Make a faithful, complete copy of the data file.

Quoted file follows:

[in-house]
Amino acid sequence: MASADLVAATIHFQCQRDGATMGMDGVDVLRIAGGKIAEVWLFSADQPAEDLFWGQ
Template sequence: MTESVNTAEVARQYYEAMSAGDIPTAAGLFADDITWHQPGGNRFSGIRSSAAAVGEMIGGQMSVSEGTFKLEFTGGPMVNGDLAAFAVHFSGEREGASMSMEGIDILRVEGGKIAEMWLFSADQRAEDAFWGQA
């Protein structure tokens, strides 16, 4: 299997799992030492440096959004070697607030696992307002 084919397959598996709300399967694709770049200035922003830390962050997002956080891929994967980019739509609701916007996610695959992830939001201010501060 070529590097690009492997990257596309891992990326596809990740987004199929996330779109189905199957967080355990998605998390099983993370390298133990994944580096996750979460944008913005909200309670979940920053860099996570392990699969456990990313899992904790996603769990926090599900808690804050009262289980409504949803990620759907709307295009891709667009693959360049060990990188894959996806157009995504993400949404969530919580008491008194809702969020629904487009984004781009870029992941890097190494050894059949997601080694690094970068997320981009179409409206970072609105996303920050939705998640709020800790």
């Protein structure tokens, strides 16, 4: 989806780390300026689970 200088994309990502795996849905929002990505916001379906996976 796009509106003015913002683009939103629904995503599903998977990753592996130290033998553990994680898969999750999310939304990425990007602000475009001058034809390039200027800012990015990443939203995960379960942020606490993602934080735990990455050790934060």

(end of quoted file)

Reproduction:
[in-house]
Amino acid sequence: MASADLVAATIHFQCQRDGATMGMDGVDVLRIAGGKIAEVWLFSADQPAEDLFWGQ
Template sequence: MTESVNTAEVARQYYEAMSAGDIPTAAGLFADDITWHQPGGNRFSGIRSSAAAVGEMIGGQMSVSEGTFKLEFTGGPMVNGDLAAFAVHFSGEREGASMSMEGIDILRVEGGKIAEMWLFSADQRAEDAFWGQA
């Protein structure tokens, strides 16, 4: 299997799992030492440096959004070697607030696992307002 084919397959598996709300399967694709770049200035922003830390962050997002956080891929994967980019739509609701916007996610695959992830939001201010501060 070529590097690009492997990257596309891992990326596809990740987004199929996330779109189905199957967080355990998605998390099983993370390298133990994944580096996750979460944008913005909200309670979940920053860099996570392990699969456990990313899992904790996603769990926090599900808690804050009262289980409504949803990620759907709307295009891709667009693959360049060990990188894959996806157009995504993400949404969530919580008491008194809702969020629904487009984004781009870029992941890097190494050894059949997601080694690094970068997320981009179409409206970072609105996303920050939705998640709020800790």
């Protein structure tokens, strides 16, 4: 989806780390300026689970 200088994309990502795996849905929002990505916001379906996976 796009509106003015913002683009939103629904995503599903998977990753592996130290033998553990994680898969999750999310939304990425990007602000475009001058034809390039200027800012990015990443939203995960379960942020606490993602934080735990990455050790934060």